Val knew there was something different about her boyfriend, Nick. The two social outcasts found each other in their high school and soon developed a close, romantic relationship. But while Val considered it a way of letting off steam at students and teachers who wronged them, she never knew that Nick has another more sinister purpose for their hate list.
Five months ago, Nick entered their school and opened fire on his classmates and teachers. Killing several and wounding others (including Val), Nick ended his rampage by taking his own life — and leaving a community and Val hurting and searching for answers.
Now as Val prepares to go back to school, she faces questions, pain and accusations not only for the community but also from her own family. If Val was an outcast before, she is even more so now but with the added quality that people are on pins and needles around her because of the actions of her boyfriend and her assumed role in the shootings.
Jennifer Brown’s Hate List brings up a lot of uncomfortable questions in this character-driven examination of one of today’s hot-button topics. Val’s story is a tragic one and watching her struggle with guilt over what Nick did, all while trying to reconcile it with the love she felt for him is heartbreaking and compelling. And while it might be easy to give Val some easy answers on the printed page, Brown doesn’t.
Scenes that showcase Val and Nick before the tragic day, on the tragic day and Val’s attempts to move on with her life all sparkle with authenticity. This is one of those books that will linger with you long after that last page is turned.
With summer winding down, Ashleigh is becoming more and more concerned about her relationship with Kaleb.
Kaleb is getting ready to head off for college but instead of wanting to spend more time with her, he’s off with his baseball team buddies. At the end-of-summer epic swim party, Ashleigh tells a couple of friends about her frustration and one of them suggests that she give Kaleb something to remember her by — a racy photo taken on her cell phone.
Ashleigh summons up her courage and instead of just sending Kaleb a topless photo, she shucks her entire bikini, snaps the picture and sends it to him. After seeing it, Kaleb is stunned and promises to keep the picture a secret.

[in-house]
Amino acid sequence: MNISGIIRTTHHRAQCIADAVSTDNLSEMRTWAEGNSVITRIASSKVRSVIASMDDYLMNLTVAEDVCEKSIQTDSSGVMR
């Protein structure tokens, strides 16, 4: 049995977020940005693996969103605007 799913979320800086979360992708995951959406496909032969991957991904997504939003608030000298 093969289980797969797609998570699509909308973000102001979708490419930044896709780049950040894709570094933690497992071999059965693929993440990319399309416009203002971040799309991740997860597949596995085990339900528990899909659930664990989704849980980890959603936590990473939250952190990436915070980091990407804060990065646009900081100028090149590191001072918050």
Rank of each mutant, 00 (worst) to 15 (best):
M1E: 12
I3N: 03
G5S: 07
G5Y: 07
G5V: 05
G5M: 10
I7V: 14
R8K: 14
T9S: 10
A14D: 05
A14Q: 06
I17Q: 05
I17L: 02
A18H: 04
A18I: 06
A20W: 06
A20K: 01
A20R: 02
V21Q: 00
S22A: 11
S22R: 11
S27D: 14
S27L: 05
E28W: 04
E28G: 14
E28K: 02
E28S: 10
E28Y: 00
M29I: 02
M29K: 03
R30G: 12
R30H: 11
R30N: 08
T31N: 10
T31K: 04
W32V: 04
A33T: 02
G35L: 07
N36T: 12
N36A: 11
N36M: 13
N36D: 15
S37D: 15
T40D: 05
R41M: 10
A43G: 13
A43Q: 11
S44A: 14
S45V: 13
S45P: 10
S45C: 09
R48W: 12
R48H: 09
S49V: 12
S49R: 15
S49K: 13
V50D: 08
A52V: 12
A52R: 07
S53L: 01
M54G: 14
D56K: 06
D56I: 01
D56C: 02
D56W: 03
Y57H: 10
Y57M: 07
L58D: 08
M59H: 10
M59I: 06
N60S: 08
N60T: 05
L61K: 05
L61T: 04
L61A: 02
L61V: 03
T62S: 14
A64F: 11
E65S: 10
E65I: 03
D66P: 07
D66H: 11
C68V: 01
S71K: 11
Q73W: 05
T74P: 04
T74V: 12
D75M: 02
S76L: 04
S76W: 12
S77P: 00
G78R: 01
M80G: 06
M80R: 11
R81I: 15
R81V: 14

Which is all well and good until Kaled heads off to college and he and Ashley break-up. After a huge fight, the photo in question begins to make the rounds of her classmates, eventually being distributed to the entire school and posted on-line.
While Ashleigh wishes the entire issue would just go away, it becomes less and less likely as the media catches wind of the story. It doesn’t help that her father is a leader in the school district who has come under fire and the picture only lends fuel to the fire of those who oppose him.
It’s books like this one that make me glad I’m not a teenager today. I’m not sure I’d survive.
Jennifer Brown’s Thousand Words plays on the old adage that a picture really is worth a thousand words. It also points out how an impulsive decision can have a significant impact on not only the parties involved but others in the community. Ashleigh’s photo leads to charges against her and an arrest. Kaleb’s role in distributing the photo also has negative consequences for him — some even more severe since he sent the picture after his eighteenth birthday.
In all of this, Ashleigh struggles to understand why Kaleb would do this and why one of her friends put her name and phone number onto the photo before sending it onto others. Ashleigh’s frustration and struggles with her decision and her desperate attempts to keep it a secret or contained feel utterly authentic and will linger with you long after the book is finished.
Unfortunately, I have to say that this one isn’t quite as compelling as Brown’s Hate List. Part of it is that the middle third of the novel feels like a lot of treading water as we wait for the other shoe to drop once the incriminating photo goes into distribution. I can see what Brown is trying to do and have us experience the ride along with Ashleigh, but it still made the middle section drag a bit too much.
Thousand Words can be a warning to not only teens but also those authority figures in their lives. Ashleigh learns the hard way that things can and will linger on-line, possibly forever. And it’s fascinating to see the unintended consequences of a rash decision by a young adult and just how it can not only impact his or her life, but also the lives of those around them.